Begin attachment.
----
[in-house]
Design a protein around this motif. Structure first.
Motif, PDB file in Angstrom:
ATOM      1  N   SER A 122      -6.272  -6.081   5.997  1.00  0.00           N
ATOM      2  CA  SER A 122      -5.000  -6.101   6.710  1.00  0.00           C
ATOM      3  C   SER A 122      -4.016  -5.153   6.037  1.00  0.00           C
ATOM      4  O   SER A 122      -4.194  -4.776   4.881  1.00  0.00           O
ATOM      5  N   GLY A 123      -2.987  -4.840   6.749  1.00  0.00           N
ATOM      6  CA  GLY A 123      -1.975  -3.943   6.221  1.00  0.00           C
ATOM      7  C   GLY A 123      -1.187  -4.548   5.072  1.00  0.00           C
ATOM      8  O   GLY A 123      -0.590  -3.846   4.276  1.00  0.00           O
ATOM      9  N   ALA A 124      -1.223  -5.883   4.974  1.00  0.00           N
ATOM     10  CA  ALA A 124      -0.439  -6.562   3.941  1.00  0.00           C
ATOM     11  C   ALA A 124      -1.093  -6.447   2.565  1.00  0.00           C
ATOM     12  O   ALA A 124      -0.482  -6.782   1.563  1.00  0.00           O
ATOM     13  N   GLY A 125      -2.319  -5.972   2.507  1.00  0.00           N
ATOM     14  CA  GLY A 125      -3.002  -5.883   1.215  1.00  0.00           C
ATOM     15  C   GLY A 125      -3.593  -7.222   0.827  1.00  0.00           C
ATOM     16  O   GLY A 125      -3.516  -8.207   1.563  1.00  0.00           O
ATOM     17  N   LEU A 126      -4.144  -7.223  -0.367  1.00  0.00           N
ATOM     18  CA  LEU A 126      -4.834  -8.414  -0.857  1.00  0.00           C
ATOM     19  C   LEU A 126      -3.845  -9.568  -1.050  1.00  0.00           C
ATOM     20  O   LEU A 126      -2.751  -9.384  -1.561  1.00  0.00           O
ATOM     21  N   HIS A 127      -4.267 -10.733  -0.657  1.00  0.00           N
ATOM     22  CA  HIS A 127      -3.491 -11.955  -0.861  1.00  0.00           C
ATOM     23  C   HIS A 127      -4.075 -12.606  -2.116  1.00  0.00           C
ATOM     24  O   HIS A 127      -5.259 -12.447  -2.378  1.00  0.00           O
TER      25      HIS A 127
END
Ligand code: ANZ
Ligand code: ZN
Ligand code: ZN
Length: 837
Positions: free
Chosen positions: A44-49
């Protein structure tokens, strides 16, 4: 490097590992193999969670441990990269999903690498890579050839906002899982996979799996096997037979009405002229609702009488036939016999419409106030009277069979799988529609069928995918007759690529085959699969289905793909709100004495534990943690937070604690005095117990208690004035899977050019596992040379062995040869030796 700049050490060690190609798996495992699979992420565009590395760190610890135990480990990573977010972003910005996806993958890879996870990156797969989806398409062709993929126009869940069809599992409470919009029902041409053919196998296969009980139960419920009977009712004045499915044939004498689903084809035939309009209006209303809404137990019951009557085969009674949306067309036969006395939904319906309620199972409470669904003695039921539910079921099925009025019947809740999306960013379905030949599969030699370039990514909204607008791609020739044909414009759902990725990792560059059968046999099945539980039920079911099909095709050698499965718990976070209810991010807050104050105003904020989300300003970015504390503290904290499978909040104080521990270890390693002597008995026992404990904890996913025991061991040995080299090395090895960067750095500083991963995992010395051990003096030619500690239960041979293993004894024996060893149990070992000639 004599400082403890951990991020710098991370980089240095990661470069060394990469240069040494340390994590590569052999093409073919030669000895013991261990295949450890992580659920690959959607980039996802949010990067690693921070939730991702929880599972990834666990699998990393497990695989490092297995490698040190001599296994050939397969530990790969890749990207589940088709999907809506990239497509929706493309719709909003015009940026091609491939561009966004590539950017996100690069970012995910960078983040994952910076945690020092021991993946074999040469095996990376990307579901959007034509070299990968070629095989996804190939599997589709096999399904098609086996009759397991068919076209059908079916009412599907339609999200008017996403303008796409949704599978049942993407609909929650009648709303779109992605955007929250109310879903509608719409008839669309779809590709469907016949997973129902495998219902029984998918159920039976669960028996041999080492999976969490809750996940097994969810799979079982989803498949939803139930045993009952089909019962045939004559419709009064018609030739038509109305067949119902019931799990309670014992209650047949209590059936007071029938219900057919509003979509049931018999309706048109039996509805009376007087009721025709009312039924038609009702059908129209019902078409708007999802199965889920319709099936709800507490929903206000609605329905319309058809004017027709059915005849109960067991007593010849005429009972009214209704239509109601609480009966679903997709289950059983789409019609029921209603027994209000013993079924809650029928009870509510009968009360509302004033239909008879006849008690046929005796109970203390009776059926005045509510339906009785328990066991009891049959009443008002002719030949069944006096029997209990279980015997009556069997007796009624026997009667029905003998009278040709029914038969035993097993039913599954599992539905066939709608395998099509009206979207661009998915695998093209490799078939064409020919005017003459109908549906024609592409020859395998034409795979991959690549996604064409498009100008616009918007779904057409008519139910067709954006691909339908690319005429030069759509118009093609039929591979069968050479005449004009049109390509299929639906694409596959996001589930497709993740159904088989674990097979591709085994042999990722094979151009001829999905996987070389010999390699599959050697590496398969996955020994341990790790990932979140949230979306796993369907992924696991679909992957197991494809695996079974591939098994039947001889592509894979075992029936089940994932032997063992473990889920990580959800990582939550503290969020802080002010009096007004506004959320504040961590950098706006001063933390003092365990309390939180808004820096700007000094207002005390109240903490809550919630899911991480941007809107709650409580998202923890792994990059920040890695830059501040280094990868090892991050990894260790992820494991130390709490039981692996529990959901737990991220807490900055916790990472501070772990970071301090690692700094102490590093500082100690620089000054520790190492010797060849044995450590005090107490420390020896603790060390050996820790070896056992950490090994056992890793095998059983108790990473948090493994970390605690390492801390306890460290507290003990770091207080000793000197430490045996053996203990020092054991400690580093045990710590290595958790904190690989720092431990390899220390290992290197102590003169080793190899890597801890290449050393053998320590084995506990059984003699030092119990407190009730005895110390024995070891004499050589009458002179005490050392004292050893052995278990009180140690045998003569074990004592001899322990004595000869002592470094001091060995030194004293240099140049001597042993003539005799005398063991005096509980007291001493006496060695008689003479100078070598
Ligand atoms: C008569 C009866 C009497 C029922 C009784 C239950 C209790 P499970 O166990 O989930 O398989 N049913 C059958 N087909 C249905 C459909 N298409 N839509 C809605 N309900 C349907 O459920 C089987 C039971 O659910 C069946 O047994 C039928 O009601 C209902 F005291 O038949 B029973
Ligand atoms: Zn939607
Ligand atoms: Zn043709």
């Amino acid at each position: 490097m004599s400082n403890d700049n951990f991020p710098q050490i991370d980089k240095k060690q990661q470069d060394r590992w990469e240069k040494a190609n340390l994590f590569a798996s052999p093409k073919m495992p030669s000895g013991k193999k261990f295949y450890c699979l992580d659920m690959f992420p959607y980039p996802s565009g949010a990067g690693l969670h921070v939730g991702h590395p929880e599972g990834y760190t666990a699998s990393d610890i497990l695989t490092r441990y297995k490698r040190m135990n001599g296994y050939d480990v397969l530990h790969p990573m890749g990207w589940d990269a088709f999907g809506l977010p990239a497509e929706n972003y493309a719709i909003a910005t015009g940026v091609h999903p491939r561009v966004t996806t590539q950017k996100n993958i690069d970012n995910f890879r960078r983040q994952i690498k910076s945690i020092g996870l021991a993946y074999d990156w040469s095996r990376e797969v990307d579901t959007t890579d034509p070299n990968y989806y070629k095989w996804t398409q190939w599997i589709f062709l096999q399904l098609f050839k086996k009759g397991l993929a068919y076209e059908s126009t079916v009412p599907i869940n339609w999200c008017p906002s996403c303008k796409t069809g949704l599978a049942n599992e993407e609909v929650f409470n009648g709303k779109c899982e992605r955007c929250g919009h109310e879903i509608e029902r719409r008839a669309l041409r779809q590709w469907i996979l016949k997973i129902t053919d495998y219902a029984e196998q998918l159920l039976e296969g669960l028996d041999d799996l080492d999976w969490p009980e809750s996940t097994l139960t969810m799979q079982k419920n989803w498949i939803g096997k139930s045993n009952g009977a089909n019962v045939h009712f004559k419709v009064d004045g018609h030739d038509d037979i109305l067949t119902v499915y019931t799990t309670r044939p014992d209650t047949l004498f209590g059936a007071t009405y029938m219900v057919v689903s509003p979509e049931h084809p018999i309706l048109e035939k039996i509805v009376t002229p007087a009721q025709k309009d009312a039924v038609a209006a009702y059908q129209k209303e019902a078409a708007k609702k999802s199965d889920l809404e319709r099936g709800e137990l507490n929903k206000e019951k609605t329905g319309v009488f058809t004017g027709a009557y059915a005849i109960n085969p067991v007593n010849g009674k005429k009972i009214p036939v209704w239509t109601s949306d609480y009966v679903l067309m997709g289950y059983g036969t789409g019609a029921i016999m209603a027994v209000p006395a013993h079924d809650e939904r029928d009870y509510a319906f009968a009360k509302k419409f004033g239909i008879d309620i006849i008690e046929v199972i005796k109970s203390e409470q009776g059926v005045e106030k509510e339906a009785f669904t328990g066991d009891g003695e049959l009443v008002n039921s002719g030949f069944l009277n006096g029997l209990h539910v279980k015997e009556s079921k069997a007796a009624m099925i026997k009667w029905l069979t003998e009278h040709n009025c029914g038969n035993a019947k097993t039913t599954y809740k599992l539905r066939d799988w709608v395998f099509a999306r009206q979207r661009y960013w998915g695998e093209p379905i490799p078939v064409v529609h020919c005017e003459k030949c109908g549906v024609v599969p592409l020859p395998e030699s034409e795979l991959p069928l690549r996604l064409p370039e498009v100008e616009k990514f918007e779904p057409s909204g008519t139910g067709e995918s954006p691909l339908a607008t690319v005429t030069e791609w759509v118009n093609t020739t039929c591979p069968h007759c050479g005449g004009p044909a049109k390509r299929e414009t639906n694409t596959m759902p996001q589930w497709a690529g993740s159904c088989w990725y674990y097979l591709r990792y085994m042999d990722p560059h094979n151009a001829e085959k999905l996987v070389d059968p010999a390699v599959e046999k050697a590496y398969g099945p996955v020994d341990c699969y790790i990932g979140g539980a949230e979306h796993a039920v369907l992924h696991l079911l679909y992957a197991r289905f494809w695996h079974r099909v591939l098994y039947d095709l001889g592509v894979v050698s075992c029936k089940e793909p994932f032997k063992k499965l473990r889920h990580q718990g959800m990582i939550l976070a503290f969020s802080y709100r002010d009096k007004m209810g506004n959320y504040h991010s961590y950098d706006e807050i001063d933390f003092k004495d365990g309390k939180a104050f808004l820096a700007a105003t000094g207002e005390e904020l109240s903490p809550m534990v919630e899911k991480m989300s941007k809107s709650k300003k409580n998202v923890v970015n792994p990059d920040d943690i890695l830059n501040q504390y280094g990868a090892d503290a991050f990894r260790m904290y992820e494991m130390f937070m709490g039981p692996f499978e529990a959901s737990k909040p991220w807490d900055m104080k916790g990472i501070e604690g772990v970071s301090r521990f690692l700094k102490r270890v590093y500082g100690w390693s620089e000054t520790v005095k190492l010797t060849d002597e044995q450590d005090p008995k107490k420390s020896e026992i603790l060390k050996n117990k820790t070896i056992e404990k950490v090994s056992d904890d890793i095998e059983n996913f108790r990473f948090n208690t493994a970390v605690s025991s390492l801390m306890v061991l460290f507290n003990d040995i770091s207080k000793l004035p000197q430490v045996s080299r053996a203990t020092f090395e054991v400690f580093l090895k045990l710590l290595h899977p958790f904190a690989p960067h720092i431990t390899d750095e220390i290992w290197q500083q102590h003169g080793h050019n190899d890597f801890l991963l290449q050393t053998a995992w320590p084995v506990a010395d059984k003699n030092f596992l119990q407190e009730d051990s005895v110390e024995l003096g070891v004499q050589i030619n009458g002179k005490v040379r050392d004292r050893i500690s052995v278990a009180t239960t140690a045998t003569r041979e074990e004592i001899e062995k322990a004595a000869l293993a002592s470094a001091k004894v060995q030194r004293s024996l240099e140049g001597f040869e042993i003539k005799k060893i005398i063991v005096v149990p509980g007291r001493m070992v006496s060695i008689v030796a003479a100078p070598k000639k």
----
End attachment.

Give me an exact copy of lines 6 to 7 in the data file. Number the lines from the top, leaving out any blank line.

ATOM      3  C   SER A 122      -4.016  -5.153   6.037  1.00  0.00           C
ATOM      4  O   SER A 122      -4.194  -4.776   4.881  1.00  0.00           O